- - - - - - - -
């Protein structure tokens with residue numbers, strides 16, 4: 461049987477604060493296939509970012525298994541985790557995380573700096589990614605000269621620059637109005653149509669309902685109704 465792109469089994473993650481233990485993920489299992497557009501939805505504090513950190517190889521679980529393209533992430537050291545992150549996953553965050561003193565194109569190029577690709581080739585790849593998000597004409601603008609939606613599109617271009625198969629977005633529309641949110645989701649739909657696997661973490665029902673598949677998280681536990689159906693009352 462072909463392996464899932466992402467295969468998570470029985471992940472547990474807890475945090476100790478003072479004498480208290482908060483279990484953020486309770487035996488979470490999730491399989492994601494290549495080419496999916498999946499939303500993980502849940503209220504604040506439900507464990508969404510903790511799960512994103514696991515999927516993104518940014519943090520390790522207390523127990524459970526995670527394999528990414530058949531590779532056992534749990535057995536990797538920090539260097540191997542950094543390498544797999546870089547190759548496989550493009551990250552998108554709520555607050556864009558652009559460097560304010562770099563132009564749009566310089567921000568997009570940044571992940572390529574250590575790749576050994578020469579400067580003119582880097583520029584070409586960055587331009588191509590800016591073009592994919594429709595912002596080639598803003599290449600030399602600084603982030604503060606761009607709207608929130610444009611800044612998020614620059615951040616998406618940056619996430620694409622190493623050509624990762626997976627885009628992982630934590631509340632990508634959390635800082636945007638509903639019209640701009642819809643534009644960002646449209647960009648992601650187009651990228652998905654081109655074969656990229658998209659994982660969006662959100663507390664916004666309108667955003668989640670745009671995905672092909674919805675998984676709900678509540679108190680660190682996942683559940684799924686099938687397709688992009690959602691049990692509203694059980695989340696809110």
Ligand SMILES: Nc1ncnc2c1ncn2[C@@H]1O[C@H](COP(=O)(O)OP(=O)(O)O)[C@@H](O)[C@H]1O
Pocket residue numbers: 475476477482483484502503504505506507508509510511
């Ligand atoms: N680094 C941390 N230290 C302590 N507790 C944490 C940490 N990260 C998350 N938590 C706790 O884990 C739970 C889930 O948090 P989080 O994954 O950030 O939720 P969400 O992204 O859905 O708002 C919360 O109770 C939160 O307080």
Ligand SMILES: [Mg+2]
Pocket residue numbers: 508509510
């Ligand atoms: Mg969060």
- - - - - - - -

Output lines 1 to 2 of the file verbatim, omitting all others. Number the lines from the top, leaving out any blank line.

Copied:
């Protein structure tokens with residue numbers, strides 16, 4: 461049987477604060493296939509970012525298994541985790557995380573700096589990614605000269621620059637109005653149509669309902685109704 465792109469089994473993650481233990485993920489299992497557009501939805505504090513950190517190889521679980529393209533992430537050291545992150549996953553965050561003193565194109569190029577690709581080739585790849593998000597004409601603008609939606613599109617271009625198969629977005633529309641949110645989701649739909657696997661973490665029902673598949677998280681536990689159906693009352 462072909463392996464899932466992402467295969468998570470029985471992940472547990474807890475945090476100790478003072479004498480208290482908060483279990484953020486309770487035996488979470490999730491399989492994601494290549495080419496999916498999946499939303500993980502849940503209220504604040506439900507464990508969404510903790511799960512994103514696991515999927516993104518940014519943090520390790522207390523127990524459970526995670527394999528990414530058949531590779532056992534749990535057995536990797538920090539260097540191997542950094543390498544797999546870089547190759548496989550493009551990250552998108554709520555607050556864009558652009559460097560304010562770099563132009564749009566310089567921000568997009570940044571992940572390529574250590575790749576050994578020469579400067580003119582880097583520029584070409586960055587331009588191509590800016591073009592994919594429709595912002596080639598803003599290449600030399602600084603982030604503060606761009607709207608929130610444009611800044612998020614620059615951040616998406618940056619996430620694409622190493623050509624990762626997976627885009628992982630934590631509340632990508634959390635800082636945007638509903639019209640701009642819809643534009644960002646449209647960009648992601650187009651990228652998905654081109655074969656990229658998209659994982660969006662959100663507390664916004666309108667955003668989640670745009671995905672092909674919805675998984676709900678509540679108190680660190682996942683559940684799924686099938687397709688992009690959602691049990692509203694059980695989340696809110």
Ligand SMILES: Nc1ncnc2c1ncn2[C@@H]1O[C@H](COP(=O)(O)OP(=O)(O)O)[C@@H](O)[C@H]1O